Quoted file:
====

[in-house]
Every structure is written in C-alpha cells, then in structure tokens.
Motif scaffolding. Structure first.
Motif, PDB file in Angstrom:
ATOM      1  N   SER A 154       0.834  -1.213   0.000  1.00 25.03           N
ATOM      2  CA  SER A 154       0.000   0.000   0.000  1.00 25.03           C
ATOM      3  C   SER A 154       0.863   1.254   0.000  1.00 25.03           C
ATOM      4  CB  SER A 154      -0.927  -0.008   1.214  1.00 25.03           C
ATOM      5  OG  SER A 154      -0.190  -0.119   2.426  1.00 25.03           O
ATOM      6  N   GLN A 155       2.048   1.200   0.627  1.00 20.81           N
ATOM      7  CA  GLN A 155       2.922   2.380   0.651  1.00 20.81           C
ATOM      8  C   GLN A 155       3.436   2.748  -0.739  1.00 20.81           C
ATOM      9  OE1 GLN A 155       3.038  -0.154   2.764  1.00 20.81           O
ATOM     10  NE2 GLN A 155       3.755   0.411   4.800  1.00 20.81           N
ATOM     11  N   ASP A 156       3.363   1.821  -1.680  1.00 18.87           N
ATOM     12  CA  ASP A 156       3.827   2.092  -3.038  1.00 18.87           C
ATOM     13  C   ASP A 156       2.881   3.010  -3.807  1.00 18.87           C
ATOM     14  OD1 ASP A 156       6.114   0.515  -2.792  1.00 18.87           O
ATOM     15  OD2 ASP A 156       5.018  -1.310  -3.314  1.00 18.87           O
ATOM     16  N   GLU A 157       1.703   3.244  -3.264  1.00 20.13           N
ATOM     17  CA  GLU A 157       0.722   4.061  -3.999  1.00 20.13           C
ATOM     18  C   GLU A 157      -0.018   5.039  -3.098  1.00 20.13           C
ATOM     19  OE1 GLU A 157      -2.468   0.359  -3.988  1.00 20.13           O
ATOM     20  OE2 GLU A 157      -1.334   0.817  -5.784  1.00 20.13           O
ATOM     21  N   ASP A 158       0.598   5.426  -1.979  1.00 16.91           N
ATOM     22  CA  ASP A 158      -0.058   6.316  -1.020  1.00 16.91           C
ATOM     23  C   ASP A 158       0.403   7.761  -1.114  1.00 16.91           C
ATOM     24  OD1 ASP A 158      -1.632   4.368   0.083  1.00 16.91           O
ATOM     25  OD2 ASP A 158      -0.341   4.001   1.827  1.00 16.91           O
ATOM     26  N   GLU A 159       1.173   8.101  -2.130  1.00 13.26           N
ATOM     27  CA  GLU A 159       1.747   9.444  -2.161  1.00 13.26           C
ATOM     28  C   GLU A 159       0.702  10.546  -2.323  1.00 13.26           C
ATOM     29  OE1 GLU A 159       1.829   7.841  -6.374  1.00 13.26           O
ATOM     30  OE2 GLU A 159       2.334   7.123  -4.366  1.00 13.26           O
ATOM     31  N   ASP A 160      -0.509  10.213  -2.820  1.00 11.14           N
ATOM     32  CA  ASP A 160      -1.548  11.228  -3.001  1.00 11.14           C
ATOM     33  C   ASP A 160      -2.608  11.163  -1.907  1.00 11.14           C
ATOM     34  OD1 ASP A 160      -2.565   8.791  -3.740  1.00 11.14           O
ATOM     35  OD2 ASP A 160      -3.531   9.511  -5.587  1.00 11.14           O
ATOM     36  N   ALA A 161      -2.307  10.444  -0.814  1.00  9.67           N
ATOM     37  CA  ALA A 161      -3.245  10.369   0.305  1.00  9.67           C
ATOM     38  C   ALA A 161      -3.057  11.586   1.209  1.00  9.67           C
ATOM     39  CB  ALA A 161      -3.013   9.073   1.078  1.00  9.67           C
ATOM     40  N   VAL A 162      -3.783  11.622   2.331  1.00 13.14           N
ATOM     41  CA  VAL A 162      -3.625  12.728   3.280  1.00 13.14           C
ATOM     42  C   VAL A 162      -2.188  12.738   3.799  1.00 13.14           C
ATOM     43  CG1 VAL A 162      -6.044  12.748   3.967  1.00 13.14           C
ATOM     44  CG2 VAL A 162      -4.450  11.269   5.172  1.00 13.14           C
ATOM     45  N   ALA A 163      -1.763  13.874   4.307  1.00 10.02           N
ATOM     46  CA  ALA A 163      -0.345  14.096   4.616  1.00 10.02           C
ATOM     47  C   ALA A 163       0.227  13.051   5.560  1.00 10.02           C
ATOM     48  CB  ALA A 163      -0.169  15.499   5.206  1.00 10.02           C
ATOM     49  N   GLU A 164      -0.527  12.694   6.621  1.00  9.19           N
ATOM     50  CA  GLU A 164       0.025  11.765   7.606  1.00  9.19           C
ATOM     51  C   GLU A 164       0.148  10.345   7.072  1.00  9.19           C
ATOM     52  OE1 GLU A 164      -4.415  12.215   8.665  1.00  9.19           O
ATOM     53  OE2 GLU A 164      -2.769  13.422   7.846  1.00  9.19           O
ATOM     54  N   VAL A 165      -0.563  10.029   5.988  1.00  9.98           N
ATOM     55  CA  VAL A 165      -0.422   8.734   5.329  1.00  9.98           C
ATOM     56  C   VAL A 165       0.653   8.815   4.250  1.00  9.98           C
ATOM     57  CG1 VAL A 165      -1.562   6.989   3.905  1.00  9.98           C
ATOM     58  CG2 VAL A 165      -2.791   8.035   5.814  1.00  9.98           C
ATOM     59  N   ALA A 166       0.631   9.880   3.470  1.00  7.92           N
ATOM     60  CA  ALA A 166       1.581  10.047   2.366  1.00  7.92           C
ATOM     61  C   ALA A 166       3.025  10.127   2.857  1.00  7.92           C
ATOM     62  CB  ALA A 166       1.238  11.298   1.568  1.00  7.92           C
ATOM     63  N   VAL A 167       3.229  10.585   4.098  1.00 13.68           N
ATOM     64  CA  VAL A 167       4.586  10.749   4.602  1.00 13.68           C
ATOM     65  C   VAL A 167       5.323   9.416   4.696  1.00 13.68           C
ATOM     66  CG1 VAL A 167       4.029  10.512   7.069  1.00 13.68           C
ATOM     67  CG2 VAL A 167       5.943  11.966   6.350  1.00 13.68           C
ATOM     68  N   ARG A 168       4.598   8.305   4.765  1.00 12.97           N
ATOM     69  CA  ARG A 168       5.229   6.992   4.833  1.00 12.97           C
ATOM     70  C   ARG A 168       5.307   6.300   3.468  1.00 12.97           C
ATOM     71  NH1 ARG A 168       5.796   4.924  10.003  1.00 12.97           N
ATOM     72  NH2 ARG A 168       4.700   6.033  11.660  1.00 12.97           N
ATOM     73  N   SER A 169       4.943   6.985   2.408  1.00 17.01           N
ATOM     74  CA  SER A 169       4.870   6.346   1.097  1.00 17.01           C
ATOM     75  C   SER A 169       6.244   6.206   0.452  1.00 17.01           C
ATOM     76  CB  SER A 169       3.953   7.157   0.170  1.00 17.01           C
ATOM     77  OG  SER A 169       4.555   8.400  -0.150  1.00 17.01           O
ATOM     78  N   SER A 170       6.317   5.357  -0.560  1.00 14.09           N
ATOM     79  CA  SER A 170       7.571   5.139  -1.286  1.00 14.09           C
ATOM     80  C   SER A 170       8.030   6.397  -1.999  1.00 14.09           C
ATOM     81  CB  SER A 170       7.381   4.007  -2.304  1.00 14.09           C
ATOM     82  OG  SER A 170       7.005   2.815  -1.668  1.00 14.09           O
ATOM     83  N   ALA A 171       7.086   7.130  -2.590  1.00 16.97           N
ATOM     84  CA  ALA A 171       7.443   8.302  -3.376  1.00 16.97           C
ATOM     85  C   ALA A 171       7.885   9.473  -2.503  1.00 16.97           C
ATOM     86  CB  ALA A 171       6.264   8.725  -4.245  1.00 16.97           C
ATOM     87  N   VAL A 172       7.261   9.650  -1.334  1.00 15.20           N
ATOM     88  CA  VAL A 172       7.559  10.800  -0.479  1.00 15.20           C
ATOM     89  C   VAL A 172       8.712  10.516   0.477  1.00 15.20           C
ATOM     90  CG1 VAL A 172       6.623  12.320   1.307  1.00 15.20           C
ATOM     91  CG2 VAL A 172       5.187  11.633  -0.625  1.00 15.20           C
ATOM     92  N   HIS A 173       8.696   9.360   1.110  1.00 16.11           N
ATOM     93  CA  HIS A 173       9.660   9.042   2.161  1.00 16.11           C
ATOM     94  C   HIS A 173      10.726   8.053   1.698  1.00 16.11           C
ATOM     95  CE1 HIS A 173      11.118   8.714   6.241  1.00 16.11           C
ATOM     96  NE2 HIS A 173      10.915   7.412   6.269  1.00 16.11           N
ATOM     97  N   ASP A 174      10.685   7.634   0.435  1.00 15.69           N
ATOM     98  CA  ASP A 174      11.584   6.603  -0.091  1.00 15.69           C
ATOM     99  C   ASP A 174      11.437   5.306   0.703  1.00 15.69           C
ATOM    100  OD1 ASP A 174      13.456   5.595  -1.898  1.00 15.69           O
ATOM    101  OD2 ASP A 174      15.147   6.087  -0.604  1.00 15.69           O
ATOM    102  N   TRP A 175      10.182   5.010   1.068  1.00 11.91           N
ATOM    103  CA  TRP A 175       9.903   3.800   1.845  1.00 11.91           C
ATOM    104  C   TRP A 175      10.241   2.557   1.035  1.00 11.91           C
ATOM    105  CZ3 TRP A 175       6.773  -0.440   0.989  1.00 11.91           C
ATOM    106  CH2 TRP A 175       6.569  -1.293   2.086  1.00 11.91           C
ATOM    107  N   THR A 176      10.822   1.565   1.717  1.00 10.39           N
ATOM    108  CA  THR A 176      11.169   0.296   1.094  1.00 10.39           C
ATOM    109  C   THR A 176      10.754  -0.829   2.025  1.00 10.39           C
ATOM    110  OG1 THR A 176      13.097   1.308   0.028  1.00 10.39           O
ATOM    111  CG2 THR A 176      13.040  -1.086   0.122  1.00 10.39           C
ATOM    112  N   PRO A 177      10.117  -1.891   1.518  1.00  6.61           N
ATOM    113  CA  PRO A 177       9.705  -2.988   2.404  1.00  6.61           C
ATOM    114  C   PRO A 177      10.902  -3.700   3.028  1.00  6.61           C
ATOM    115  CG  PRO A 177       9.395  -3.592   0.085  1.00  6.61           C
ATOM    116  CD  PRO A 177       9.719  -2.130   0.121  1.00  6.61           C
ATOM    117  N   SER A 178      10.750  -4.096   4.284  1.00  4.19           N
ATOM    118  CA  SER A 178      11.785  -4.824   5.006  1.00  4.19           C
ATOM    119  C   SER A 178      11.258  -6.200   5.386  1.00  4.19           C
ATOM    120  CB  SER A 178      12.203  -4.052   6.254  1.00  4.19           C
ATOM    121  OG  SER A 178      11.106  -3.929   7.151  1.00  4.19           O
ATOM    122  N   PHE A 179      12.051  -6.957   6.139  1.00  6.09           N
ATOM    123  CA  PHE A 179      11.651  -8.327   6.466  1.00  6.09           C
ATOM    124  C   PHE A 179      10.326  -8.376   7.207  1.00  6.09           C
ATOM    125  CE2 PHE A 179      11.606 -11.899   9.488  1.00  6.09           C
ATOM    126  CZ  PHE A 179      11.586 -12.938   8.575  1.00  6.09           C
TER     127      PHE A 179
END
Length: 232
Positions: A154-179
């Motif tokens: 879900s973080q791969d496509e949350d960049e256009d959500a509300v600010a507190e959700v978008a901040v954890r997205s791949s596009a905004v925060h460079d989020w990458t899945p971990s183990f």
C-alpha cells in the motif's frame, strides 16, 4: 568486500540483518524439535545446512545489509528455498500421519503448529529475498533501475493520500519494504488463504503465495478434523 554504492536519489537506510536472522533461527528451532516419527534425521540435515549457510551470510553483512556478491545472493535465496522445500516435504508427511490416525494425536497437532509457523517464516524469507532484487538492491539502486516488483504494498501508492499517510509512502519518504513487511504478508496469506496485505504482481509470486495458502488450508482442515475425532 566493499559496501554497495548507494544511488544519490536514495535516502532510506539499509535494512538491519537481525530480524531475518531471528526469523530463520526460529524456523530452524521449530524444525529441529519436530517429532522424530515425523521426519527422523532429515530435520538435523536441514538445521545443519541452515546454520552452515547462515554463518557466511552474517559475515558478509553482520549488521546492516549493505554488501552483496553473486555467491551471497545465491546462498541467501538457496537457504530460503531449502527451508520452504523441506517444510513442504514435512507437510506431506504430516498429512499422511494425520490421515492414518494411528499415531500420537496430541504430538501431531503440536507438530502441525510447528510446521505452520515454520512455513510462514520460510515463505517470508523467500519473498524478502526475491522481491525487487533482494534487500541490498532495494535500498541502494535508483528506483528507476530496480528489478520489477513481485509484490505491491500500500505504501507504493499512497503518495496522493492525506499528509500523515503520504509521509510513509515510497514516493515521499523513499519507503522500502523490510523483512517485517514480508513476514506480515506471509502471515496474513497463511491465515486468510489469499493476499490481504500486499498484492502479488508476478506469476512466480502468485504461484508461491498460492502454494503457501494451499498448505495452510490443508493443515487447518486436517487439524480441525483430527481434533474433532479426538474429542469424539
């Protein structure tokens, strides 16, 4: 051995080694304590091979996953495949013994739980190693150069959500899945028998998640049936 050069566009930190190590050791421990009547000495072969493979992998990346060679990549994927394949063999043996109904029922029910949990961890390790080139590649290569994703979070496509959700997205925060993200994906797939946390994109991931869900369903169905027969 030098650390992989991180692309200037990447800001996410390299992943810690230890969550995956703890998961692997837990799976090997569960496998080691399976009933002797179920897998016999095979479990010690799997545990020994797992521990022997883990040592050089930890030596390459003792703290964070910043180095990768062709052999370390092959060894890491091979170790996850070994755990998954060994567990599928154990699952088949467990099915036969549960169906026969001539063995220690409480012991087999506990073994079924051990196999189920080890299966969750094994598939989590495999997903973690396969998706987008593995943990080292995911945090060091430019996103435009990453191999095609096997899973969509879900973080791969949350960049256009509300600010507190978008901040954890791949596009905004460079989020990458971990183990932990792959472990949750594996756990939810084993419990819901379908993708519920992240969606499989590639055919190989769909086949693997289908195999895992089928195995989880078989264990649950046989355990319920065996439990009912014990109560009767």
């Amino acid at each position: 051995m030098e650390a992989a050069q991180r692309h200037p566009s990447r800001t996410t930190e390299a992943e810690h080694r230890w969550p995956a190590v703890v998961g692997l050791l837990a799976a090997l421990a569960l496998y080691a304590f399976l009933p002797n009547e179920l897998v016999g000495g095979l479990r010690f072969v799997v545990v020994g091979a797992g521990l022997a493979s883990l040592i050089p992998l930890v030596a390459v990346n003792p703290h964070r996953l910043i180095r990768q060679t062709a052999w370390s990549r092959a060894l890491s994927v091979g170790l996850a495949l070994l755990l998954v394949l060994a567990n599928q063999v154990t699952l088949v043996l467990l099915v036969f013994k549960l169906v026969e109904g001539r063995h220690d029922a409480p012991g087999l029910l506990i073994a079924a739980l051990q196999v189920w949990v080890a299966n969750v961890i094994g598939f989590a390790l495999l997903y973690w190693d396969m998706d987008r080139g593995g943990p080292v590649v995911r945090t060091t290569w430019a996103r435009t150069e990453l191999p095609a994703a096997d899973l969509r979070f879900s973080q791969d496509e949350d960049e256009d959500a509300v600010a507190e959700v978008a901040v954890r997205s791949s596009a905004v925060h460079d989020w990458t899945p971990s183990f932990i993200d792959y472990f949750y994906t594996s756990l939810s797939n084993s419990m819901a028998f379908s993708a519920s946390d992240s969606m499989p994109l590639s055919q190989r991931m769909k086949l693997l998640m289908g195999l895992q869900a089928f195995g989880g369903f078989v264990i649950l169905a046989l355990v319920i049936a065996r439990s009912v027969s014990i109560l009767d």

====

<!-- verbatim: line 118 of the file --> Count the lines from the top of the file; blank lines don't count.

ATOM    114  C   PRO A 177      10.902  -3.700   3.028  1.00  6.61           C